New Jersey Supreme Court Holds That Employer and Its Attorneys Had No Right To Review Employee’s Privileged E-Mails Sent Via Company Computer

March 30, 2010

SHORT HILLS, N.J., March 30 /PRNewswire/ — In a case of first impression, the New Jersey Supreme Court today held that an employee who exchanged e-mail messages with her lawyer through her personal, password-protected, web-based e-mail account could reasonably expect that the communications would remain private and confidential, and that sending and receiving them using a company laptop did not eliminate the attorney-client privilege that protected them.

By reading e-mails that were at least arguably privileged and failing to promptly notify the employee’s attorney about them, the company’s lawyers violated the Rules of Professional Conduct.

The case arose out of an employment discrimination lawsuit file by Marina Stengart against her former employer, Loving Care Agency, Inc. From her company-provided laptop, Ms. Stengart accessed the internet through Loving Care’s server and used her personal, password-protected Yahoo e-mail account to communicate with her attorney, Peter J. Frazza of Budd Larner, PC in Short Hills, NJ.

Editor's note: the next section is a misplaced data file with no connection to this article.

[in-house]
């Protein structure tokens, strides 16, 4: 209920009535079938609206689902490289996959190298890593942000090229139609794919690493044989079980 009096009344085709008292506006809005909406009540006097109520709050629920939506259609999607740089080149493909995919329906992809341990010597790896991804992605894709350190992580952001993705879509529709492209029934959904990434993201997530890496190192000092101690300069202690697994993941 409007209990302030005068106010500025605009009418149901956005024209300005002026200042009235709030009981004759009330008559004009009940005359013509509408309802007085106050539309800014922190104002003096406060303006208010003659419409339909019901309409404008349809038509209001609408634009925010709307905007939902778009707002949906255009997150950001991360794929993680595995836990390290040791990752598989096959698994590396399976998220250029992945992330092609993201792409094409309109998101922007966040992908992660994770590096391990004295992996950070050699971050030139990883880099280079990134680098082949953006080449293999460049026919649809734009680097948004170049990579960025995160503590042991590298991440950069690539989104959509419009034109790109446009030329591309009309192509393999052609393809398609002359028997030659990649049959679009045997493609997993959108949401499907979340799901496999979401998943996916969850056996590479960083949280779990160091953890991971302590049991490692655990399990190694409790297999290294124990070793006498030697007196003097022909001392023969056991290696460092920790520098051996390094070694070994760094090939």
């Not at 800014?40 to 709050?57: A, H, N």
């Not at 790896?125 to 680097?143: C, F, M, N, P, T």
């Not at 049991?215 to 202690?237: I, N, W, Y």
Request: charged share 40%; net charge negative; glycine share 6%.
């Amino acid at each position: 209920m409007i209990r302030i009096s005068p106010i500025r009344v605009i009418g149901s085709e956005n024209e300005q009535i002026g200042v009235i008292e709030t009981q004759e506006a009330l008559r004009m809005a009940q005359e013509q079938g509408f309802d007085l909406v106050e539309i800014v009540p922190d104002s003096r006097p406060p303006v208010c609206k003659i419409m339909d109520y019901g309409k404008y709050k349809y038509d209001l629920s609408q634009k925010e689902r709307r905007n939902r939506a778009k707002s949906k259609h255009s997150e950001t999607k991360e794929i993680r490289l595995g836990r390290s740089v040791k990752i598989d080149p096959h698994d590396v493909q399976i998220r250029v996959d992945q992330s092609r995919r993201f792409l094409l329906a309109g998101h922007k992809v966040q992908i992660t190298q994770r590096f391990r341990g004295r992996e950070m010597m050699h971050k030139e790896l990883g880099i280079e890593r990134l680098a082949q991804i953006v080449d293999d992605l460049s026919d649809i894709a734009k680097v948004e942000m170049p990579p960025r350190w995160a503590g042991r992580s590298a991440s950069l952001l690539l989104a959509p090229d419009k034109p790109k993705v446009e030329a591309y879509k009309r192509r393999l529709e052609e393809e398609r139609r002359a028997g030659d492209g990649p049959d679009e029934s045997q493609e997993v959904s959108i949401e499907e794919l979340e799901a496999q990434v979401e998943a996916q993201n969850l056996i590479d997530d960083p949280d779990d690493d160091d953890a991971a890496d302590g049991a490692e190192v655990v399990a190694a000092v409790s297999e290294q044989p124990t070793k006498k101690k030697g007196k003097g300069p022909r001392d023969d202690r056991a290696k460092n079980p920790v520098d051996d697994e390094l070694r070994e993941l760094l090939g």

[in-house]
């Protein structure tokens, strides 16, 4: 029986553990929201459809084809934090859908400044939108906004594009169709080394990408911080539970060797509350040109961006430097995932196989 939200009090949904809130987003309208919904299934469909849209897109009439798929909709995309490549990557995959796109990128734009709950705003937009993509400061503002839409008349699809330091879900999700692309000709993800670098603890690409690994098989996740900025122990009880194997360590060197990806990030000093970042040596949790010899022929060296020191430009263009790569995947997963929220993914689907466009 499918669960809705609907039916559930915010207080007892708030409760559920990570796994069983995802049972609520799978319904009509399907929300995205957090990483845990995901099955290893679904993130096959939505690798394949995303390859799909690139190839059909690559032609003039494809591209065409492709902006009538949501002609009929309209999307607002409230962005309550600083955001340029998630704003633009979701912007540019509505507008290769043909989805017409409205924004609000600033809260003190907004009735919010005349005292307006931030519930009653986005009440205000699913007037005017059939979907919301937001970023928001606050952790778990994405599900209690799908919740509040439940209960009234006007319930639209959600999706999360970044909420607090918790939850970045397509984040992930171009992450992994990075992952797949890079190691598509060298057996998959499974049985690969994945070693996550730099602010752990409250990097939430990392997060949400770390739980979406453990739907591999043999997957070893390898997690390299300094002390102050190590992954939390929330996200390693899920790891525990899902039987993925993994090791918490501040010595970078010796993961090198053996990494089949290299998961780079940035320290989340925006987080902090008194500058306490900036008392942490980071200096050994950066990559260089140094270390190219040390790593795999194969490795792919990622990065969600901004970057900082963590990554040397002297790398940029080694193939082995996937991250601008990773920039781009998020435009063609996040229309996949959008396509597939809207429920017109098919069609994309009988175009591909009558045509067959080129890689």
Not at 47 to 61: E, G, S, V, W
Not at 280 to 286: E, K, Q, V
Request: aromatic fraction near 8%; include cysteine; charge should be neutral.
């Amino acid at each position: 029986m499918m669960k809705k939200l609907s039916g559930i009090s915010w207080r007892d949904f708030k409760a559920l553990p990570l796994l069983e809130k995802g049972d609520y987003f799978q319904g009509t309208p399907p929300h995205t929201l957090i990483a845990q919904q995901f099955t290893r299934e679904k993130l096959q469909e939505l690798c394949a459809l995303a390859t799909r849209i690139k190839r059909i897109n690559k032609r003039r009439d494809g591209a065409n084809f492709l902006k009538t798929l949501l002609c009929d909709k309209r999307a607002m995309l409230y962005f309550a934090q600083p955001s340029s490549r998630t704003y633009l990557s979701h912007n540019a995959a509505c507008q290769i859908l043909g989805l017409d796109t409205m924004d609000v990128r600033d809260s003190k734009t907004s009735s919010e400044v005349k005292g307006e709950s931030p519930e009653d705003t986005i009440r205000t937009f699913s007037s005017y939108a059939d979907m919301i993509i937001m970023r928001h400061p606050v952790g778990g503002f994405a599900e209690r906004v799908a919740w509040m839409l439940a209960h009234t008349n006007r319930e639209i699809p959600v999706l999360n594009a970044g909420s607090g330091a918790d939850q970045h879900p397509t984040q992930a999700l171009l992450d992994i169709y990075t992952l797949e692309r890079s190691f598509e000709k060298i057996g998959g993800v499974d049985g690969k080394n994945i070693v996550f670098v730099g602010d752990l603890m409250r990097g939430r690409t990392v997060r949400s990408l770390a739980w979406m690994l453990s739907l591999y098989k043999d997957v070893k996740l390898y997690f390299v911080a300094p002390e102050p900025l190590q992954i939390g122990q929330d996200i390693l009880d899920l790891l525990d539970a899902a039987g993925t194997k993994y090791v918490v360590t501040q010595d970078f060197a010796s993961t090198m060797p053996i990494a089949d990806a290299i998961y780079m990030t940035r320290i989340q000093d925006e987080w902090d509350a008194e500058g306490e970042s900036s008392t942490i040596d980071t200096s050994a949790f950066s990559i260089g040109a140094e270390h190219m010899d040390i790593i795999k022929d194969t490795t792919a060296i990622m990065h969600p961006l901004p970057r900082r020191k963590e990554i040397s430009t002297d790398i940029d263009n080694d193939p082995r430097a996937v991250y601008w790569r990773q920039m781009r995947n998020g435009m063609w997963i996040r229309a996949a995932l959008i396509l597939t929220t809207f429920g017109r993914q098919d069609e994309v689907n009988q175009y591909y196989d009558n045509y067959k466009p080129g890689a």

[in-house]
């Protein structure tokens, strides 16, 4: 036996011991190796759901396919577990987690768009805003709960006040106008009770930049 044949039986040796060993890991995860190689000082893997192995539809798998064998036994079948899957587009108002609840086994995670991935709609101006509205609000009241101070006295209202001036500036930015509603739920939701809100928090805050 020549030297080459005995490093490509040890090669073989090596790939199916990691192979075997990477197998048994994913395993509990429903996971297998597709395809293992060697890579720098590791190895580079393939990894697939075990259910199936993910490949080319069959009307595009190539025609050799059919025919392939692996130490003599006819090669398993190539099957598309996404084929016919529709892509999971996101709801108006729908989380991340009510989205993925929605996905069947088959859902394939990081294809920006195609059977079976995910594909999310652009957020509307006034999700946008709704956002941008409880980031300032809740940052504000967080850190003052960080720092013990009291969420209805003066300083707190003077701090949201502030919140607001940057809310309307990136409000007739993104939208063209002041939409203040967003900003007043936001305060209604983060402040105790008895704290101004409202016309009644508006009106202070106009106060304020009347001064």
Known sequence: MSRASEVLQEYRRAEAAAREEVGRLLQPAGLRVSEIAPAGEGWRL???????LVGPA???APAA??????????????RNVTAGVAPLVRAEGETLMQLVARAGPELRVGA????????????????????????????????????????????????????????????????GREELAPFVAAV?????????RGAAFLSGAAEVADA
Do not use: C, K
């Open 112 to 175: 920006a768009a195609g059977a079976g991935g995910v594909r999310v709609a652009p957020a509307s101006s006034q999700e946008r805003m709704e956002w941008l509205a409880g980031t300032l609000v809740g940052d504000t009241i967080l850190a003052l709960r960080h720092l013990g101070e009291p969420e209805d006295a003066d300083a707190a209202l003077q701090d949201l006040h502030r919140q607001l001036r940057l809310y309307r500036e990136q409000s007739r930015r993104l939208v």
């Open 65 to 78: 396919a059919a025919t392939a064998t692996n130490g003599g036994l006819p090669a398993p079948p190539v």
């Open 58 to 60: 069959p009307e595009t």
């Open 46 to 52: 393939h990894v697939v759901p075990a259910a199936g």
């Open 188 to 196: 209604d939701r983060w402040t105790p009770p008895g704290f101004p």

After Stengart’s departure from the company, Loving Care hired experts to create a forensic image of the laptop’s hard drive, including temporary internet files. Those files contained the contents of e-mails Stengart had exchanged with attorney Frazza.

The Court stated that employers can adopt workplace policies relating to computer use to protect the productivity of a business. However, a company policy stating “that an employer could retrieve and read an employee’s attorney-client communications, if accessed on a personal, password-protected e-mail account using the company’s computer system — would not be enforceable.”


SOURCE Budd Larner, P.C.

Source: newswire

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